WALLACE: I think her staff amended that to say she would authorize some limited role.


LIASSON: Yes, her staff amended that to say she would authorize some limited role, but still I think the message for people who were listening to her as opposed to her staff, it sounds like she wants to end this war quite quickly, which I think is movement on her part.

WALLACE: Brit, there really does seem to be a race to the left among -- I mean, I hate to take the phrase of [House Minority Leader] John Boehner {R-OH], but he's right. There is a race to the left by all the Democratic candidates to try to show "I'm tougher against the war than you are."

HUME: Listen, the vote to authorize the war in Iraq is the original sin of this Democratic primary election, and Hillary Clinton is guilty of it and therefore needs to do something to atone for it. And she's tried various things short of saying she regrets her original vote. This is one more step. It is all about positioning herself. It is really not a serious legislative effort. I don't think there's any evidence that this thing could ever, if it passed, survive a veto. But let's remember, Democratic voters have been willing to forgive Clintons of sin in the past and might again this time.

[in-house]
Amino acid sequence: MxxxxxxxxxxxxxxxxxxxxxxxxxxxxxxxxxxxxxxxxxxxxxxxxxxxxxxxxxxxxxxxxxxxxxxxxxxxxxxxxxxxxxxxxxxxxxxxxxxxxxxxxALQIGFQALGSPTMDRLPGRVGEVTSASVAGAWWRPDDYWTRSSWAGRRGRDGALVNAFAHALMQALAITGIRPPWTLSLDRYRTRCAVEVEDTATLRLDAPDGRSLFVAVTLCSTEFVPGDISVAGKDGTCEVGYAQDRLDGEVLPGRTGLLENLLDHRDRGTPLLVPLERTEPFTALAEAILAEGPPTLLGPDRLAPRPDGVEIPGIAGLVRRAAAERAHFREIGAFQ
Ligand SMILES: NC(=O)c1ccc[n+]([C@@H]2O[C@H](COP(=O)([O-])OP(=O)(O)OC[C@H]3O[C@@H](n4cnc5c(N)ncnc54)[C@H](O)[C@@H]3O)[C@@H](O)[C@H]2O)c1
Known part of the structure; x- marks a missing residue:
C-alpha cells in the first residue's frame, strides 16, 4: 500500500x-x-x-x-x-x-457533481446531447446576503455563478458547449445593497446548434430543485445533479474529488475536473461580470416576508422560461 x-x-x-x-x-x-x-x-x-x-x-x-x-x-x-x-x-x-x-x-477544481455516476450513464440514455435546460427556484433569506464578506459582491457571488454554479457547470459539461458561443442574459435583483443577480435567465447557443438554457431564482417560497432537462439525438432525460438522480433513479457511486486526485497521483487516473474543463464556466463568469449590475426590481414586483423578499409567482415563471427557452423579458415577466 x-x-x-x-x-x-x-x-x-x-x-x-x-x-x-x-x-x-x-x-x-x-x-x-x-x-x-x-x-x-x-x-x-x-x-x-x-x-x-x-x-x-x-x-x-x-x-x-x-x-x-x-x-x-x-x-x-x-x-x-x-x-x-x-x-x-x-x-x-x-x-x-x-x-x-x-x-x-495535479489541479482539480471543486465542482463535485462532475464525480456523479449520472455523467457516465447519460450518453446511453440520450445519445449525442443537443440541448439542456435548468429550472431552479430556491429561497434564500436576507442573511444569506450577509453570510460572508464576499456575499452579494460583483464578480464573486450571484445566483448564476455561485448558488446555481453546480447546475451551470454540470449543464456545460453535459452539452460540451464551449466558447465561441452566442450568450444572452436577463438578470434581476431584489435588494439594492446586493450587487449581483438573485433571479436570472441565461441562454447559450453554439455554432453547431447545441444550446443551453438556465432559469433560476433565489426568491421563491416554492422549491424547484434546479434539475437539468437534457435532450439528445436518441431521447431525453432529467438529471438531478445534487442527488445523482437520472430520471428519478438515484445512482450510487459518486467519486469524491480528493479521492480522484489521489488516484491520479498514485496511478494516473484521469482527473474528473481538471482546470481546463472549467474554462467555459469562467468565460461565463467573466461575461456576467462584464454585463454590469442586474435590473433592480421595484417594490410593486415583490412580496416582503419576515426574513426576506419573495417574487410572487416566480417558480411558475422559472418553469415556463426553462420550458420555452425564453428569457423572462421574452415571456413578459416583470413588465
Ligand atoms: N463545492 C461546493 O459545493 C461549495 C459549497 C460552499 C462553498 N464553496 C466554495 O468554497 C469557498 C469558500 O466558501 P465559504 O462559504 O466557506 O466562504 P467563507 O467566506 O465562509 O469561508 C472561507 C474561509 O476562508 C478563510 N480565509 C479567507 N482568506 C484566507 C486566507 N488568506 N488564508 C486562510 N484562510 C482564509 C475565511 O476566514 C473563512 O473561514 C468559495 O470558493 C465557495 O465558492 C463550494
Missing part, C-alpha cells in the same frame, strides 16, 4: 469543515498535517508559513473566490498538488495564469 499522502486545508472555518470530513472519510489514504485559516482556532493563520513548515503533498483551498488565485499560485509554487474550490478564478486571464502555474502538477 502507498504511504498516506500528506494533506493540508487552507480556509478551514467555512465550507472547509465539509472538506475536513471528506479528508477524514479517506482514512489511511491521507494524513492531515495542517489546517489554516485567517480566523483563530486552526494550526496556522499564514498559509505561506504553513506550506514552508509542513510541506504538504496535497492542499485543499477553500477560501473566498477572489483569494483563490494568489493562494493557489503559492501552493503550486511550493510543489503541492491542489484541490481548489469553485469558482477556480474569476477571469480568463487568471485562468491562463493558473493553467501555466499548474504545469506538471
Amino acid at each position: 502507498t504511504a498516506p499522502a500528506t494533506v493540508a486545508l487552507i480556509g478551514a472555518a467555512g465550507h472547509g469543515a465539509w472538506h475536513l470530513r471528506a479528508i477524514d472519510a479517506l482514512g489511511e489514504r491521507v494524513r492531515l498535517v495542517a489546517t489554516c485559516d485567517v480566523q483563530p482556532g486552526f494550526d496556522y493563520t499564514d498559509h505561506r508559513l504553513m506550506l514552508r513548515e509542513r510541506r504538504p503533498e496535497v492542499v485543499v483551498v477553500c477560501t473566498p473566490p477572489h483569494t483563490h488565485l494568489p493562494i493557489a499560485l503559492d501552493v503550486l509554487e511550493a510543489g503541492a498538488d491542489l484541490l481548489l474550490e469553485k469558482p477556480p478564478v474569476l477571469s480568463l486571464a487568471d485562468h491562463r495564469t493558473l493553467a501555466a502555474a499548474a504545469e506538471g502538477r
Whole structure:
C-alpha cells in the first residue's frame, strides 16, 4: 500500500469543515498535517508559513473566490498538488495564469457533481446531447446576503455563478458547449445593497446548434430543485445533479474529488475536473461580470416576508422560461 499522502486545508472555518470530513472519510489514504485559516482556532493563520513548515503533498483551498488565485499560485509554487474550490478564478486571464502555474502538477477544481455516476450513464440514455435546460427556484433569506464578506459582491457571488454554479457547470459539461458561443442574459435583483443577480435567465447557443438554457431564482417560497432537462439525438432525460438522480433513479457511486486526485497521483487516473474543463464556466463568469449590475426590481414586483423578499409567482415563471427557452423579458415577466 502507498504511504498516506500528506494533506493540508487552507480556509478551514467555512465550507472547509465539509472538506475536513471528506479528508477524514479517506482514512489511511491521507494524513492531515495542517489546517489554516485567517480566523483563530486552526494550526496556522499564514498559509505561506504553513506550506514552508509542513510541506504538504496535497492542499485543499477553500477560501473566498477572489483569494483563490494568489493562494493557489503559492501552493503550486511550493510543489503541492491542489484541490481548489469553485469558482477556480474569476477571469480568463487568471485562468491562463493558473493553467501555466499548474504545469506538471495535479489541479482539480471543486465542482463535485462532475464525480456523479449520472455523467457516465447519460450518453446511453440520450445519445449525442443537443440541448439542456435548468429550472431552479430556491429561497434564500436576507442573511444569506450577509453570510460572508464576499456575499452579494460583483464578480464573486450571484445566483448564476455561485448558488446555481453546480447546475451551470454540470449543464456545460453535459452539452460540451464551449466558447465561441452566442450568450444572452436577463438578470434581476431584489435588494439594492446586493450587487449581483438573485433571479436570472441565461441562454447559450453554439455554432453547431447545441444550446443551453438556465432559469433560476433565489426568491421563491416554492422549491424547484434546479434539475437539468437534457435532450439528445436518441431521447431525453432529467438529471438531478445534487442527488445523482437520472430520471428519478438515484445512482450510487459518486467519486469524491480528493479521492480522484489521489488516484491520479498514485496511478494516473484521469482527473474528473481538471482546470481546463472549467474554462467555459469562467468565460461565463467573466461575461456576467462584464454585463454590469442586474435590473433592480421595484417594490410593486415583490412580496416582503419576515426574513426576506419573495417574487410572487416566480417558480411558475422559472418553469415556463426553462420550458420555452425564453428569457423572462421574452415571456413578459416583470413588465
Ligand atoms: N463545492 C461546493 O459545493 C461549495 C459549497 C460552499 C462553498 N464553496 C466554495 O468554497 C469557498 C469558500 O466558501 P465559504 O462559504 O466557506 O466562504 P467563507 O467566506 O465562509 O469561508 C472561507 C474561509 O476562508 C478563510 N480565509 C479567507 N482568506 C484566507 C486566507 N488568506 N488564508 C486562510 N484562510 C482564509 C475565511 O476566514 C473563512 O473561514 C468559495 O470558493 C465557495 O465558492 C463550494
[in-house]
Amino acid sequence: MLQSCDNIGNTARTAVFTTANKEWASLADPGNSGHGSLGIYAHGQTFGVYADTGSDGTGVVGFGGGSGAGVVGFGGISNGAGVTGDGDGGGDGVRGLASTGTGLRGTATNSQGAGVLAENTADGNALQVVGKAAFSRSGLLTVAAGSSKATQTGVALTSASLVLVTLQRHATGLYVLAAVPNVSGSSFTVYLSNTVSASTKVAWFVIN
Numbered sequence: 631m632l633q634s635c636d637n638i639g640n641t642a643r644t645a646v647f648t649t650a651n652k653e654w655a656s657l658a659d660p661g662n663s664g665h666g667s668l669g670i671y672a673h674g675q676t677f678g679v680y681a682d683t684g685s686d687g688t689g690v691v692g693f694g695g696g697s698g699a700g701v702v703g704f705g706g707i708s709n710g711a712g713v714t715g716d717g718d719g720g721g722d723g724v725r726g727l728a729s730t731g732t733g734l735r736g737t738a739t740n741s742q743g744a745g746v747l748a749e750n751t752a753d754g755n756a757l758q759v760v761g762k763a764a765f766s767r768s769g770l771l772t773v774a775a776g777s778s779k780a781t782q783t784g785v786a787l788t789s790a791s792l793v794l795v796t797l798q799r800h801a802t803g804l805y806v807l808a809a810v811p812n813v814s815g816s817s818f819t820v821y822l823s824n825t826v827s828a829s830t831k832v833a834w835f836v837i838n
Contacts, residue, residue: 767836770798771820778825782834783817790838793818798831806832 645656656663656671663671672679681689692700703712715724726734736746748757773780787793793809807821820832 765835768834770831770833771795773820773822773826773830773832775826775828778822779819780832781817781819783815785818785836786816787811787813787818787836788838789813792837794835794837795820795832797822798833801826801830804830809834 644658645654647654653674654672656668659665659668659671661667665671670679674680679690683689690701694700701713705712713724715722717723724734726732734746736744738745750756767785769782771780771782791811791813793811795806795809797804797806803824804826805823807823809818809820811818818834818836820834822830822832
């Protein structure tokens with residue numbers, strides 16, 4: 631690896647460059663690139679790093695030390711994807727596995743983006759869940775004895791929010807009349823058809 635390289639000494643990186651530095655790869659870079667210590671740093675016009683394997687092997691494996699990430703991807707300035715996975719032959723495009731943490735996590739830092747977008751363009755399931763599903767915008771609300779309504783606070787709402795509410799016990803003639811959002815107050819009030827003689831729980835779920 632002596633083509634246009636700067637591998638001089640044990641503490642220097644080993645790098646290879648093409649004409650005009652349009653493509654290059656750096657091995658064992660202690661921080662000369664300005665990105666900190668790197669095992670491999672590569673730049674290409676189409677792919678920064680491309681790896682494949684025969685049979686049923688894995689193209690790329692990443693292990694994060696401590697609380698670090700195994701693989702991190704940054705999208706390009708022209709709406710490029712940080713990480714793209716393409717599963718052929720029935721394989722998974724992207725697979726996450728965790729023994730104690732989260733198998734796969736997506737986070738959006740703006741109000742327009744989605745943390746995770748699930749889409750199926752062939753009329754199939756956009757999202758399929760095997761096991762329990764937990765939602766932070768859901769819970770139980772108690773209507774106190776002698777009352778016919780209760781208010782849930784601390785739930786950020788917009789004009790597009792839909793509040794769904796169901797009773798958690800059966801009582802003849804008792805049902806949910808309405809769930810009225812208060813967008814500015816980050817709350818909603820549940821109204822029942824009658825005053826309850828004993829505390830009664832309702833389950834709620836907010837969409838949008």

KRISTOL: Brit's more good-humored about this, I must say, than I am. It is so irresponsible when 160,000 troops are fighting in a war, and the head of Al Qaeda says we're going to drive you out -- to stand up on the floor of the Senate and really for patently short-term political reasons. I mean, this is not a serious proposal by Senator Clinton, to say, "Whoops, it's a mistake, let's de-authorize the war that soldiers are fighting and dying in right now." I mean, it's pathetic. If she thinks we should get out, she should propose a serious plan to get out in 30 days or 60 days, not a symbolic ... not give Al Qaeda a symbolic victory, and that's what Senator Clinton's proposal would do. And did last week. It did.

WILLIAMS: And she's the only one involved in political posturing on the war.



KRISTOL: You just said that Republicans, against the polls, the Republicans are standing for fighting and winning. Against the public opinion polls.

WILLIAMS: What you see coming from Republicans on the war, I think, is a refusal to deal with the reality, to simply say "Oh, no, we have got to stay there and support our president despite the realities on the ground." That's political posturing. I agree, Hillary Clinton is involved in political posturing because just as Brit said, this has no chance, this is all about her presidential campaign. But when you look at what the Republicans are saying, they are absolutely closing their eyes and pretending that there's not a civil war taking place.

Posted In
National Security & Foreign Policy, War in Iraq
FOX Broadcasting Company
Chris Wallace
FOX News Sunday
Hillary Clinton, 2008 Elections